WASHINGTON (AP) — For President Barack Obama, the prospect of more U.S. military action in the Middle East hung over his observance Wednesday of the Sept. 11 attacks that occurred a dozen years ago.
While Obama made no direct mention of the crisis in Syria, he vowed to "defend our nation" against the threats that endure, even though they may be different than the ones facing the country during the 2001 attacks.
"Let us have the wisdom to know that while force is sometimes necessary, force alone cannot build the world we seek," Obama said during a ceremony at the Pentagon.
The president spoke the morning after an address to the nation where he defended a possible military strike on Syria in retaliation for a deadly chemical weapons attack. But he expressed some hope that a diplomatic solution might emerge that would keep the U.S. from having to launch a strike.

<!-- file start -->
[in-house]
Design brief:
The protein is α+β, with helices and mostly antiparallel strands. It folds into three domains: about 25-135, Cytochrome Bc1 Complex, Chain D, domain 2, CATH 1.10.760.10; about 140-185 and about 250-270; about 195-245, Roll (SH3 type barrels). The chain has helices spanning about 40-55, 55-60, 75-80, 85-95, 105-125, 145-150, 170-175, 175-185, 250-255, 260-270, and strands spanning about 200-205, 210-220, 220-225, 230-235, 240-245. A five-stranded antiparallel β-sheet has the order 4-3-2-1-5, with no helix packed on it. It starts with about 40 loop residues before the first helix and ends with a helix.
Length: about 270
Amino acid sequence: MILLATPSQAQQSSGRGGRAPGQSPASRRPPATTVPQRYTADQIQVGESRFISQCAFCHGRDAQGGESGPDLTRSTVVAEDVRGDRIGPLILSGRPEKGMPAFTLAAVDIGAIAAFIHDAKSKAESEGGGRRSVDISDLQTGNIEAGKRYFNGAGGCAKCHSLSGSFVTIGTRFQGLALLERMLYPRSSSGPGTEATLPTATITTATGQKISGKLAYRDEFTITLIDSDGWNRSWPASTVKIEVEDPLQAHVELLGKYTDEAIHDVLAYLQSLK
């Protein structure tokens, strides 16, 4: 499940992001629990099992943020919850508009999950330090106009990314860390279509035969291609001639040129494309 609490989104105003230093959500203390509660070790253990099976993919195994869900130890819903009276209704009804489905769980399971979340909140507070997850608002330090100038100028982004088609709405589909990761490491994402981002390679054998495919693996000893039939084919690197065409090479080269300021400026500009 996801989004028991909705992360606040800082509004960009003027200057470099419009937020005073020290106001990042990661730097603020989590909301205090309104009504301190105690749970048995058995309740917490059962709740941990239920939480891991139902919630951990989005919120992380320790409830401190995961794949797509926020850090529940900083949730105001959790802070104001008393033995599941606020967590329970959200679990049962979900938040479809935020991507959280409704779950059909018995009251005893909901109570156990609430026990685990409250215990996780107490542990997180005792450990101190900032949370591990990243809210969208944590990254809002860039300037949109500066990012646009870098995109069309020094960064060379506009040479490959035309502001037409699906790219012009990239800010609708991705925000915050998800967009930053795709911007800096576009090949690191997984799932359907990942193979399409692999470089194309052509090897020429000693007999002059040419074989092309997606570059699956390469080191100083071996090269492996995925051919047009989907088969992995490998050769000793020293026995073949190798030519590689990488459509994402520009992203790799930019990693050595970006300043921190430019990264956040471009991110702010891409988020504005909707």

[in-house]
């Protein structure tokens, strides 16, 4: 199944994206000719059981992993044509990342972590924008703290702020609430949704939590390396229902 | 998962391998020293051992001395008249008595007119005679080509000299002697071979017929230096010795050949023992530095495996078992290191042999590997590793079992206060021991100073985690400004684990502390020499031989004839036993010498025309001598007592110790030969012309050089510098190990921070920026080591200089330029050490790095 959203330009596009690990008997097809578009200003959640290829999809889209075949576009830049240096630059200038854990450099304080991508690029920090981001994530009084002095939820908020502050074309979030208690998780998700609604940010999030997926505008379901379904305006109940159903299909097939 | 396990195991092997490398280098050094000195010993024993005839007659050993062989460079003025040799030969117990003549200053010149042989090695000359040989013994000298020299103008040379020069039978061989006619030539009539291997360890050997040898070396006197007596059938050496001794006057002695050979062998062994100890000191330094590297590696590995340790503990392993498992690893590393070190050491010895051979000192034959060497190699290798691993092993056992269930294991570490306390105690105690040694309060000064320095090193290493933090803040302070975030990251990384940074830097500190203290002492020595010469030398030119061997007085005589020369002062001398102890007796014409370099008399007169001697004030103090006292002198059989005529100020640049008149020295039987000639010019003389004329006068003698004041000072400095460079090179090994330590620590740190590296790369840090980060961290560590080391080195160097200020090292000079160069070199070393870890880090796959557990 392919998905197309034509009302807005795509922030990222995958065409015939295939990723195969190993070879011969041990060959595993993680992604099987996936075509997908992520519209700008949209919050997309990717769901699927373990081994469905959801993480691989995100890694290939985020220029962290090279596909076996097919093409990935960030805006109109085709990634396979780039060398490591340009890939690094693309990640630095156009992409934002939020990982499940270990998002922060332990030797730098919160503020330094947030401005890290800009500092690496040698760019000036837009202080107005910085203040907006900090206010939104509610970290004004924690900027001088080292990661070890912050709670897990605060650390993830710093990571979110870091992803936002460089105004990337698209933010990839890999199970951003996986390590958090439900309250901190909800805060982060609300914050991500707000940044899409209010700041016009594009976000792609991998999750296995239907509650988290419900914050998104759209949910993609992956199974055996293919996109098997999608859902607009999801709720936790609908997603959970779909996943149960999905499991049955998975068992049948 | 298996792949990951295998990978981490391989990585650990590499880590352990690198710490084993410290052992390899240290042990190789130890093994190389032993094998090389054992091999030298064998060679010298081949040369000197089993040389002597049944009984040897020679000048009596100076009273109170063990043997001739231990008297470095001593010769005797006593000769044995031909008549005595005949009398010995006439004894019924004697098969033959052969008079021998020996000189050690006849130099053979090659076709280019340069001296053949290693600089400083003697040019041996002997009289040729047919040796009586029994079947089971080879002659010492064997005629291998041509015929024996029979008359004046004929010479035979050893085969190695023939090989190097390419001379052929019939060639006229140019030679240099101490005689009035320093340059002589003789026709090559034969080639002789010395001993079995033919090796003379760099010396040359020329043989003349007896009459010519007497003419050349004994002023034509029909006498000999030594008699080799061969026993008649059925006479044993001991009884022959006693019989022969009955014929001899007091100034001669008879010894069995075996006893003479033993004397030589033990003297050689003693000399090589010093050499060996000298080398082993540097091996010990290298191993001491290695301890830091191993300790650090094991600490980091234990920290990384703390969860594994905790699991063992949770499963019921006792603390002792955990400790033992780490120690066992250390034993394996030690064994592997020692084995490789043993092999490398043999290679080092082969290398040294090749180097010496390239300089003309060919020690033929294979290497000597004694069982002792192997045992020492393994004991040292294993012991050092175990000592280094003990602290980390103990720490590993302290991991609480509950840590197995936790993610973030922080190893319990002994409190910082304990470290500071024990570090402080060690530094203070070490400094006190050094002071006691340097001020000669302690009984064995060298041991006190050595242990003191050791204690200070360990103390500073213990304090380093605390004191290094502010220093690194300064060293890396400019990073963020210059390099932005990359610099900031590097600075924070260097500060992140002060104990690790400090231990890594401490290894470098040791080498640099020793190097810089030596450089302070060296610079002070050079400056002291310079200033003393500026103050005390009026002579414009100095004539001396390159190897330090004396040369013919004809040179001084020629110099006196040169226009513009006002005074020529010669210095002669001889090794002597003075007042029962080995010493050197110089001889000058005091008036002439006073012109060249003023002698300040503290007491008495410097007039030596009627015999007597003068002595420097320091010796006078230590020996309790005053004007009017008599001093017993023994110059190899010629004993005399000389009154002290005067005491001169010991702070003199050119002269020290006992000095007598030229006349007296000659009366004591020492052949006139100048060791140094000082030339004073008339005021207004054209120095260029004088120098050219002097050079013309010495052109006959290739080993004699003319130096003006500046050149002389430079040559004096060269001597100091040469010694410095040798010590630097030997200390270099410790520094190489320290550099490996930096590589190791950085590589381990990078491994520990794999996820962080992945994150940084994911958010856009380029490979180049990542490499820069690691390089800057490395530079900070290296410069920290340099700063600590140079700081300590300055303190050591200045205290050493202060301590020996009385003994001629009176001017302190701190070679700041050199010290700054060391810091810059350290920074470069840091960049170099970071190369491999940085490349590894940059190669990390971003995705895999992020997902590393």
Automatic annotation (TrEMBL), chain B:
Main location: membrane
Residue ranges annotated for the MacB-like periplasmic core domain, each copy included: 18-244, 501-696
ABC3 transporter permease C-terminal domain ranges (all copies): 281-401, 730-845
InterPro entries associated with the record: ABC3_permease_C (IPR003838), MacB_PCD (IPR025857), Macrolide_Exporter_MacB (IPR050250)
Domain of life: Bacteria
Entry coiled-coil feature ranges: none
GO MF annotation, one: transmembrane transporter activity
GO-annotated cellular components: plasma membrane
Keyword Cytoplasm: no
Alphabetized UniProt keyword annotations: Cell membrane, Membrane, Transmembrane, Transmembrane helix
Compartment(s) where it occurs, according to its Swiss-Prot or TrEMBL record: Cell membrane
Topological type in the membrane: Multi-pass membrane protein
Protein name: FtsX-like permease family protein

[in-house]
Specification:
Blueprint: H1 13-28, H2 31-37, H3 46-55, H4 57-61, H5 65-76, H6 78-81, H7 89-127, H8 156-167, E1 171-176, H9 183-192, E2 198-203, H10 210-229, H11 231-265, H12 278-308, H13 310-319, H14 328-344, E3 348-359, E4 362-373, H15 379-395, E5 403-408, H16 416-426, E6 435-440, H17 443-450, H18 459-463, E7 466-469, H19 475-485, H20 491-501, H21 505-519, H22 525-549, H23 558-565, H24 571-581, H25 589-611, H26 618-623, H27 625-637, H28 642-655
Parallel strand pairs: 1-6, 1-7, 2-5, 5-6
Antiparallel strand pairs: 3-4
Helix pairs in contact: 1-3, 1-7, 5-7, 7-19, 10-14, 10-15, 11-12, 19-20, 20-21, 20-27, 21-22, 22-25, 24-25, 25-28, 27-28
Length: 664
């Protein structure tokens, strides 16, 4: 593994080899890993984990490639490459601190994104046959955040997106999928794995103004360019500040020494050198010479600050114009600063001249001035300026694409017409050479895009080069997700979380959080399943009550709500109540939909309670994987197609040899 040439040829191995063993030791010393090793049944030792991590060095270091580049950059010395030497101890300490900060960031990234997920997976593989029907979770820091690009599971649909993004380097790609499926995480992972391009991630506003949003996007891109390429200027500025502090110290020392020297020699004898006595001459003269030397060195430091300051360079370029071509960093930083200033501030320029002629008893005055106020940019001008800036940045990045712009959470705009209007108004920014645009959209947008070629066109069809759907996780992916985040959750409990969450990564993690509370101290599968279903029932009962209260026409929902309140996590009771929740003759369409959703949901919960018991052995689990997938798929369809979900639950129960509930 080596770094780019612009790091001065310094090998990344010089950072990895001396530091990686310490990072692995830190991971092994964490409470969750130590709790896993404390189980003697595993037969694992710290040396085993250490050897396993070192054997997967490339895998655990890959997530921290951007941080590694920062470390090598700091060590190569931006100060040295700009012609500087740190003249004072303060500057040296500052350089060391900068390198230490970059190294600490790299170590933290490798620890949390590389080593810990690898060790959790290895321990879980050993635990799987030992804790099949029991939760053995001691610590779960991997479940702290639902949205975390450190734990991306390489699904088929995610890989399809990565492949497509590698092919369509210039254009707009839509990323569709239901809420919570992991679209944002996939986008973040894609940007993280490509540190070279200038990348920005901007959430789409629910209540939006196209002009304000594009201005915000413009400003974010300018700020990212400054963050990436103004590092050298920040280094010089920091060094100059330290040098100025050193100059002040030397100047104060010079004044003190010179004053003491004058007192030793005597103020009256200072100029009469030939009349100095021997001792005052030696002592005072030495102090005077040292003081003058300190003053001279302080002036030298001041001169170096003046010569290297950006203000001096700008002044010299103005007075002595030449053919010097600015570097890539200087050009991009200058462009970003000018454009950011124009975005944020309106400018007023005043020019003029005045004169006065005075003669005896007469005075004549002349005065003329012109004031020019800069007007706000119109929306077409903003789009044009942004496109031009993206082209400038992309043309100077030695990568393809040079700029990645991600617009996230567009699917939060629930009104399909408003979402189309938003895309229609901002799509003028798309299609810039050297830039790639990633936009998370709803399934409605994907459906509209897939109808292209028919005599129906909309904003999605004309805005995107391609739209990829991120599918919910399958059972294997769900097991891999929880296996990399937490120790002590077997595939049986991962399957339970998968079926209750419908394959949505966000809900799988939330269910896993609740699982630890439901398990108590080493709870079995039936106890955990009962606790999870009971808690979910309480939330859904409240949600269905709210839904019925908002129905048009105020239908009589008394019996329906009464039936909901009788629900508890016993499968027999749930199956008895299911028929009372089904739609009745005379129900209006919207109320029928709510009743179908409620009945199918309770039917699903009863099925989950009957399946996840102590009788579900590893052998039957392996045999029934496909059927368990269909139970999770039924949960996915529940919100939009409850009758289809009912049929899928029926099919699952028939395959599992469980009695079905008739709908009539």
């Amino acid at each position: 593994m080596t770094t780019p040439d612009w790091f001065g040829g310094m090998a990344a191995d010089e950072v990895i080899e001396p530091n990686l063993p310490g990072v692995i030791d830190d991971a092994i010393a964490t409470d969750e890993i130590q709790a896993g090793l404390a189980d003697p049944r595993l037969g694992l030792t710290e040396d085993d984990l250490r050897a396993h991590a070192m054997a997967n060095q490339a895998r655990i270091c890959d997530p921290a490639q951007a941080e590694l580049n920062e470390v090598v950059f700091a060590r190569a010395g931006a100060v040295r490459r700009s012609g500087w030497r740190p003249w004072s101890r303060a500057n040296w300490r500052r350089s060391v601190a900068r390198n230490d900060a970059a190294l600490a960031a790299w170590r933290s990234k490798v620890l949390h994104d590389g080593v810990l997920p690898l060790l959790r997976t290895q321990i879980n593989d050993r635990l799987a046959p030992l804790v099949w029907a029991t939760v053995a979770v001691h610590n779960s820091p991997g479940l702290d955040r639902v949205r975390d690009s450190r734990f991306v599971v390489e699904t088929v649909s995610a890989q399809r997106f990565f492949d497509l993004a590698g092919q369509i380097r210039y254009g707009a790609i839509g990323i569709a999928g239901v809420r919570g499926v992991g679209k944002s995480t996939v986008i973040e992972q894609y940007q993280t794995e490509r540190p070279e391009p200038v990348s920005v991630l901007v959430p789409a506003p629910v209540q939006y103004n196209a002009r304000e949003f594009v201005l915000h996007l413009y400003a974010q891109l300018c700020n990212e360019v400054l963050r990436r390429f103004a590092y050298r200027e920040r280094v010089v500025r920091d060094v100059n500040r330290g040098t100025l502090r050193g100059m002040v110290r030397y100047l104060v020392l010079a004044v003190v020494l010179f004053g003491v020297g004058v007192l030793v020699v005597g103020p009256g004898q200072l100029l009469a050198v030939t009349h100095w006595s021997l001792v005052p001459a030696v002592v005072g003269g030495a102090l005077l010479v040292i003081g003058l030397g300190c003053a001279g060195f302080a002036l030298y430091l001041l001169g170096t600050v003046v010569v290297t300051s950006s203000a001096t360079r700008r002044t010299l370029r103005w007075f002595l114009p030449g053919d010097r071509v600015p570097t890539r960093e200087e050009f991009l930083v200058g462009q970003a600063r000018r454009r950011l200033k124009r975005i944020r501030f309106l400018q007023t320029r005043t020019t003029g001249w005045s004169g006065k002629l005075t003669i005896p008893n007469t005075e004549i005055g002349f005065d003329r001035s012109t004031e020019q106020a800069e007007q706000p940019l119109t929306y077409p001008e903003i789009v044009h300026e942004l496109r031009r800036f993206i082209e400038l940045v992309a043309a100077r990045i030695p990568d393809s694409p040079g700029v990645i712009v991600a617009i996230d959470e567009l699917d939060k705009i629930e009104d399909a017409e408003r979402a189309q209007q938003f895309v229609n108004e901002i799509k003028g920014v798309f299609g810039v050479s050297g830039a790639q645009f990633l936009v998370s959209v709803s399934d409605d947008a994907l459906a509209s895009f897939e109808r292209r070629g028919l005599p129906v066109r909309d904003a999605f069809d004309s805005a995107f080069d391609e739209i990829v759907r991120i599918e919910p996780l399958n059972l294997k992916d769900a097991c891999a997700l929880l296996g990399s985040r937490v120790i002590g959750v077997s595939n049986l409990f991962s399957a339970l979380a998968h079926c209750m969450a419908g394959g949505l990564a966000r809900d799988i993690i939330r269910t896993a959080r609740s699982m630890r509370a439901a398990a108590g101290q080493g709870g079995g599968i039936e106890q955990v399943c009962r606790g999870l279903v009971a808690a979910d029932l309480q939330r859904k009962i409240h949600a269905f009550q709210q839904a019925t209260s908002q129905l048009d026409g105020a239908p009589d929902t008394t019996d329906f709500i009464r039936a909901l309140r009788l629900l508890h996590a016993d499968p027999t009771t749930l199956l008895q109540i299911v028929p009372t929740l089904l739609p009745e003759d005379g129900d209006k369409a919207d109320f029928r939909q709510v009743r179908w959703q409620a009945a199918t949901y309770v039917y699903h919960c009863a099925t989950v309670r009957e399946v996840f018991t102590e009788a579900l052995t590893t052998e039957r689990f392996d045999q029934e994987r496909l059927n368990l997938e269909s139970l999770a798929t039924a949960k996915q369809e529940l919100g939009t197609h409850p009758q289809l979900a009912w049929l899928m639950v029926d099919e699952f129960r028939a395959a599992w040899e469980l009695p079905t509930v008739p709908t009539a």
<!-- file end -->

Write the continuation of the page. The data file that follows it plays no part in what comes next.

Among those gathered at the Pentagon Wednesday where family members of those killed on Sept. 11, 2001. Many wore red, white, and blue striped ribbons and some cried as the president spoke.
"Our hearts still ache for the futures snatched away, the lives that might have been," Obama said.
The president also paid tribute to the four Americans killed one year ago in an attack on a U.S. compound in Benghazi, Libya, asking the country to pray for those who "serve in dangerous posts" even after more than a decade of war.
Obama opened the day with a moment of silence on the South Lawn of the White House.
Along with first lady Michelle Obama the president walked out of the White House at 1246 GMT — the moment on Sept. 11, 2001, when the first plane hit the World Trade Center tower in New York City. Obama and the others assembled bowed their heads for a moment, and then listened as a bugler played "Taps."
Nearly 3,000 people were killed in the attacks that led to a long war in Afghanistan.
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